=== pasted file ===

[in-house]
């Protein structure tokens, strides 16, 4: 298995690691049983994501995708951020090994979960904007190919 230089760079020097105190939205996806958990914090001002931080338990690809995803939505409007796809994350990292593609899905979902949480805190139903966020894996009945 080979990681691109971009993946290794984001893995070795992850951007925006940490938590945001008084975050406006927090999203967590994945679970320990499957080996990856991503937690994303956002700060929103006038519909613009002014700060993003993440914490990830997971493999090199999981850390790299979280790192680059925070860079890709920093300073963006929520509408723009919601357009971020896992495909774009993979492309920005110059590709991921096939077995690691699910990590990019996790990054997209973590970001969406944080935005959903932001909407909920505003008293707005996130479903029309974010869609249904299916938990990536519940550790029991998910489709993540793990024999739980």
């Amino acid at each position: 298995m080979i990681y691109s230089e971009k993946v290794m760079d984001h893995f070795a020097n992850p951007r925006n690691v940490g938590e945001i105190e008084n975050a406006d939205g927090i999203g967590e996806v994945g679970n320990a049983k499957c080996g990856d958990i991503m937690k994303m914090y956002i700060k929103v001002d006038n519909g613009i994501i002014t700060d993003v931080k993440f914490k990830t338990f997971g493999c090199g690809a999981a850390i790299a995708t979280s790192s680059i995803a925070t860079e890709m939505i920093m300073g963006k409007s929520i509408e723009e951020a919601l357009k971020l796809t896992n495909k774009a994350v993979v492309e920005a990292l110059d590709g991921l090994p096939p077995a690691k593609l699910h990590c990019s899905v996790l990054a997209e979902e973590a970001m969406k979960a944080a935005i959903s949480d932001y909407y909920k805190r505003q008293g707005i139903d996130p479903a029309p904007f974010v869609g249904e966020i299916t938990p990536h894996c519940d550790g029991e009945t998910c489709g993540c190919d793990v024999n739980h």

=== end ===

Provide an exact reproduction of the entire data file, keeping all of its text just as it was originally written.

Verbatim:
[in-house]
């Protein structure tokens, strides 16, 4: 298995690691049983994501995708951020090994979960904007190919 230089760079020097105190939205996806958990914090001002931080338990690809995803939505409007796809994350990292593609899905979902949480805190139903966020894996009945 080979990681691109971009993946290794984001893995070795992850951007925006940490938590945001008084975050406006927090999203967590994945679970320990499957080996990856991503937690994303956002700060929103006038519909613009002014700060993003993440914490990830997971493999090199999981850390790299979280790192680059925070860079890709920093300073963006929520509408723009919601357009971020896992495909774009993979492309920005110059590709991921096939077995690691699910990590990019996790990054997209973590970001969406944080935005959903932001909407909920505003008293707005996130479903029309974010869609249904299916938990990536519940550790029991998910489709993540793990024999739980």
């Amino acid at each position: 298995m080979i990681y691109s230089e971009k993946v290794m760079d984001h893995f070795a020097n992850p951007r925006n690691v940490g938590e945001i105190e008084n975050a406006d939205g927090i999203g967590e996806v994945g679970n320990a049983k499957c080996g990856d958990i991503m937690k994303m914090y956002i700060k929103v001002d006038n519909g613009i994501i002014t700060d993003v931080k993440f914490k990830t338990f997971g493999c090199g690809a999981a850390i790299a995708t979280s790192s680059i995803a925070t860079e890709m939505i920093m300073g963006k409007s929520i509408e723009e951020a919601l357009k971020l796809t896992n495909k774009a994350v993979v492309e920005a990292l110059d590709g991921l090994p096939p077995a690691k593609l699910h990590c990019s899905v996790l990054a997209e979902e973590a970001m969406k979960a944080a935005i959903s949480d932001y909407y909920k805190r505003q008293g707005i139903d996130p479903a029309p904007f974010v869609g249904e966020i299916t938990p990536h894996c519940d550790g029991e009945t998910c489709g993540c190919d793990v024999n739980h």